The Home Office: A History of Racism

The Tigers of Tower Hamlets Stirred

Browsing online on social media, I came across a set of pictures by East End photographer, Phil Maxwell. These incredible photos capture a protest in 1984, organised by the original handsome Bengali migrants of Tower Hamlets. Looking carefully at these photos, I was immediately struck by the political acumen of this migrant community, my own community… as well as their suave fashion sense!

They were out in full force, defending the rights a recent widow, Afia Begum, whose husband had tragically burnt to death. Due to his death (as she was here legally as a spouse), Afia and her young child were hounded by the police like criminals, swiftly deported in a 6:00am raid in a manner unprecedented, as her case was still being looked at in European Courts. She was here perfectly legally.

She was one of the first victims of the institutionally racist Home Office: her and her husband were asked to come to this country to help rebuild it, and she was then Windrushed out on a whim.

Amazing photos. Just take a look at the pics…and keep reading below to learn about a surprising fact I uncovered!

Afia Begum & Jeremy Corbyn

I had never heard of Afia Begum so I Googled her to read about her case.

Her treatment was described by the European Parliament as ‘callous and showing the racist and sexist nature of the United Kingdom immigration laws’. The Dutch government wanted to offer her a home because they regarded the actions of the UK as cruel.

The second link I found on Google was from Hansard (Parliamentary record) of an MP demanding her case be brought up in Parliament in 1984, before I was even born.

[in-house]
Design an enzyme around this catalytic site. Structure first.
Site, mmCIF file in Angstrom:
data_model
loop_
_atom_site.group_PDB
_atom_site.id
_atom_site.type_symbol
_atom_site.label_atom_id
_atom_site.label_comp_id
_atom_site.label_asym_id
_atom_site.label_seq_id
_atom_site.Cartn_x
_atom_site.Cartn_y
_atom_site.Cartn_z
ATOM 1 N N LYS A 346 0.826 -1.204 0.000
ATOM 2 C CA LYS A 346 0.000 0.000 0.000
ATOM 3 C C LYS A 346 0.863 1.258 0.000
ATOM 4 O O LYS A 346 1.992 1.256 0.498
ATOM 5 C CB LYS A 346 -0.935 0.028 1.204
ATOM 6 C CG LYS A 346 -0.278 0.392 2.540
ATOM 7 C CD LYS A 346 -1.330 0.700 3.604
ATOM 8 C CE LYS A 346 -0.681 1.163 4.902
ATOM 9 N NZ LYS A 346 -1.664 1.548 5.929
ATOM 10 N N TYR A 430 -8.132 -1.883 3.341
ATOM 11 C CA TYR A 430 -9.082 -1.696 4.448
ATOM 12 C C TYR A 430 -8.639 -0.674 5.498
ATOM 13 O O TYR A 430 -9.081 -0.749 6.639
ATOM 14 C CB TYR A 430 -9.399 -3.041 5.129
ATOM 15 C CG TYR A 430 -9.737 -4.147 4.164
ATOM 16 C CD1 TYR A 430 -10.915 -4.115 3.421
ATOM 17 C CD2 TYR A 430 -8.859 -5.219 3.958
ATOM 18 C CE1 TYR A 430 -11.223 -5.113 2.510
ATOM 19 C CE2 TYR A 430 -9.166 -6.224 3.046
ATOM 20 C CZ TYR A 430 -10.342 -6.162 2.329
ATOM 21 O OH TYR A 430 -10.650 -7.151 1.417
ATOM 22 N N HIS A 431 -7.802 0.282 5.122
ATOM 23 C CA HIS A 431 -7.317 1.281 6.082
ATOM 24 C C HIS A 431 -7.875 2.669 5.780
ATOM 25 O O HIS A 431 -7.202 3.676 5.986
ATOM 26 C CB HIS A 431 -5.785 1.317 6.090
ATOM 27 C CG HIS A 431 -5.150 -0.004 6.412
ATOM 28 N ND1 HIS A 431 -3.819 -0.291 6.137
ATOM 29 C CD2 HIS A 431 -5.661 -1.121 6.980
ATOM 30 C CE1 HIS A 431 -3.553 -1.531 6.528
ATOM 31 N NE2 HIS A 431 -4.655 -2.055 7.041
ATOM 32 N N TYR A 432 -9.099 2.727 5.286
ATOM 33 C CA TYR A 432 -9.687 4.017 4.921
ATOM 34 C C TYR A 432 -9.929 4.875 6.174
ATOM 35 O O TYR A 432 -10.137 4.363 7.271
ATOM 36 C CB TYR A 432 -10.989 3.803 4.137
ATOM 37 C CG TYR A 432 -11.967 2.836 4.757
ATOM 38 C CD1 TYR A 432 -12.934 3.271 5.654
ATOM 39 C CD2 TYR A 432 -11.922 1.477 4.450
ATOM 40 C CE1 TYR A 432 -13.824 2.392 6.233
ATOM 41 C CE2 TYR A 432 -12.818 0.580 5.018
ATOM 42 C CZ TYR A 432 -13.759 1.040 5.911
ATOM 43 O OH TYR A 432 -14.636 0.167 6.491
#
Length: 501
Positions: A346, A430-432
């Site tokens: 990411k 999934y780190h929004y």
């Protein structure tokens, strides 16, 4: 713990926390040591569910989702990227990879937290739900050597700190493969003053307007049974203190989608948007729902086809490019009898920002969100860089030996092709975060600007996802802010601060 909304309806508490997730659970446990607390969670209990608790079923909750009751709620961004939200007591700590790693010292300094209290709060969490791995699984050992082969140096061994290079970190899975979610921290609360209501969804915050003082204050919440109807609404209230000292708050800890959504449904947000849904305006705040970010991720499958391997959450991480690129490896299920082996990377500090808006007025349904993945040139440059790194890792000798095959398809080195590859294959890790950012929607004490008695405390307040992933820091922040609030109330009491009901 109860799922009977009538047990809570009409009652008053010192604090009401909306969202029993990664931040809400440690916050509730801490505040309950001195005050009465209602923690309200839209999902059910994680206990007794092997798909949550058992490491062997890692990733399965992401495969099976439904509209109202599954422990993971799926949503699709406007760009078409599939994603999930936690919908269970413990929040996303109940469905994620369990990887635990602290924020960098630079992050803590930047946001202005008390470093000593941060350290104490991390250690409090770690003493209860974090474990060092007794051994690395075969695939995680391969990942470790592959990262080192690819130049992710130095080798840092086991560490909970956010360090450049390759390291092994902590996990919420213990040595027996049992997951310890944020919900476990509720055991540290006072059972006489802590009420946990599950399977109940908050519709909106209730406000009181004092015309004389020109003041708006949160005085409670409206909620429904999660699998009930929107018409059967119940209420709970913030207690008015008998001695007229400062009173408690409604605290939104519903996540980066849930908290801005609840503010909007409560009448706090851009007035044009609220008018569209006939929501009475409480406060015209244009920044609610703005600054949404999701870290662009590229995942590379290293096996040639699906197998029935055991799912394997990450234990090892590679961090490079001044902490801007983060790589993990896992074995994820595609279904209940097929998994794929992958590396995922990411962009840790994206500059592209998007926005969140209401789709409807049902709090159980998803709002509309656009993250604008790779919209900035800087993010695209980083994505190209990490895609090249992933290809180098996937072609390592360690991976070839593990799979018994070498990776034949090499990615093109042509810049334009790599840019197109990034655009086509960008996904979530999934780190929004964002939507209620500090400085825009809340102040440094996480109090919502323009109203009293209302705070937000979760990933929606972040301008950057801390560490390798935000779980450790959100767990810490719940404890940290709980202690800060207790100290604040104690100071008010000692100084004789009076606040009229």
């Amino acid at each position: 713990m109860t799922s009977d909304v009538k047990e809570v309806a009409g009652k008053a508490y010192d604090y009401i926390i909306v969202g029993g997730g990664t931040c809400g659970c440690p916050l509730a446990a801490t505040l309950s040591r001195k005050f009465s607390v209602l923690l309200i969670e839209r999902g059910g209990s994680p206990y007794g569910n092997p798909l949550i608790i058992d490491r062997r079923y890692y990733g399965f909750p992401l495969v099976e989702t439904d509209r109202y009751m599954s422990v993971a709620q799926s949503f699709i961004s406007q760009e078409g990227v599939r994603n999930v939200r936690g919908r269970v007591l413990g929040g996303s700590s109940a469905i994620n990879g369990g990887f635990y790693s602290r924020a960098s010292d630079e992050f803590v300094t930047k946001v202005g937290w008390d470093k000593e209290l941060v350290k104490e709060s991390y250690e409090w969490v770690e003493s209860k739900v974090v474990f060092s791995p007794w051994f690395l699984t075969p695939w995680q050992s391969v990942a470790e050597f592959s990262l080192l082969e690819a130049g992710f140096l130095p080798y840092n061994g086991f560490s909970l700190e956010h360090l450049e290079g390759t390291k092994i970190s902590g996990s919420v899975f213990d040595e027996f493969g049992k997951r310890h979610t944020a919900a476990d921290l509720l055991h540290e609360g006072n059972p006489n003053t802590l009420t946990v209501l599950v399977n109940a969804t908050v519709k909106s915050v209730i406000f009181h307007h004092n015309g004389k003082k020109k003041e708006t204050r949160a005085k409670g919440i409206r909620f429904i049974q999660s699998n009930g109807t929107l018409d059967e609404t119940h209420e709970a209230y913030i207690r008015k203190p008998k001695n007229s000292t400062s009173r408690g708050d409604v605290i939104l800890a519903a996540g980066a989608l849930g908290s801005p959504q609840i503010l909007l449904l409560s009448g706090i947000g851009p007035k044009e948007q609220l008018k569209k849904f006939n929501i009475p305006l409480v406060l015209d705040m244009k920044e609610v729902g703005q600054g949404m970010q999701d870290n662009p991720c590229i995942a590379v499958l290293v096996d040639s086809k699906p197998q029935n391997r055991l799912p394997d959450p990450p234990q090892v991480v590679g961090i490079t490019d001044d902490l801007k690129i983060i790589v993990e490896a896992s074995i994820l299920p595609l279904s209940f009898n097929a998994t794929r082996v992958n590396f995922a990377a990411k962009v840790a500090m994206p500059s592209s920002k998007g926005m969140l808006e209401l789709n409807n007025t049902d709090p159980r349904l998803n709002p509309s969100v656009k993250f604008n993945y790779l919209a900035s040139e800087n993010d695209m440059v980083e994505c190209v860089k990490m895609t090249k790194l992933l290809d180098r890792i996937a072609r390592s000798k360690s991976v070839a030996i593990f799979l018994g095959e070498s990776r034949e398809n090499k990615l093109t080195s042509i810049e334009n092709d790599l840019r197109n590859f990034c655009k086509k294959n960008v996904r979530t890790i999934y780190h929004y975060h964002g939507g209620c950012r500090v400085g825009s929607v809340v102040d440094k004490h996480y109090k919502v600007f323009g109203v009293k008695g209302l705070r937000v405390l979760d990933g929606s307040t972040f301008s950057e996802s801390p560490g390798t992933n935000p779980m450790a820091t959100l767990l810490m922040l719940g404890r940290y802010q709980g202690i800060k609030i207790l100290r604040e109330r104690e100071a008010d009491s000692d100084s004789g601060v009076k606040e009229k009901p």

Guess which that MP was?

You’ve guessed it.

THANK YOU JEREMY CORBYN. As ever. Quietly working for the people from day one, and never ever asking for reward.

This is why people will fight to protect you Jeremy — as you have always fought for us.

Read the below carefully. It is an extract from Jeremy’s speech in Parliament, and the response of the speaker. Click here for the full exchange.


Mrs. Afia Begum (Deportation)

HC Deb 08 May 1984 vol 59 cc738–41

Mr. Jeremy Corbyn (Islington, North) I beg to ask leave to move the Adjournment of the House, under Standing Order No. 10, for the purpose of discussing a specific and important matter that should have urgent consideration, namely, the deportation of Mrs. Afia Begum. Mrs. Begum has a perfect legal right to be in this country as the wife of somebody who had permanent residence in the country. On 15 March 1982, her husband, Abdul Hamid, was tragically killed in a fire in their tenement house in the east end. Further to that, Mrs. Begum arrived in this country and was told by the Home Office that the basis on which she would be allowed to stay in this country had in fact changed. Since then, she has been the subject of an unremitting war waged by the Home Office to try to ensure that she is deported from this country. An unprecedented number of representations have been made by Members of both Houses of Parliament asking that she be allowed to remain permanently in this country in order to look after her baby and to care for her sick and elderly father. For the last year, she has been in hiding while the Home Office has been hounding her like a criminal throughout London.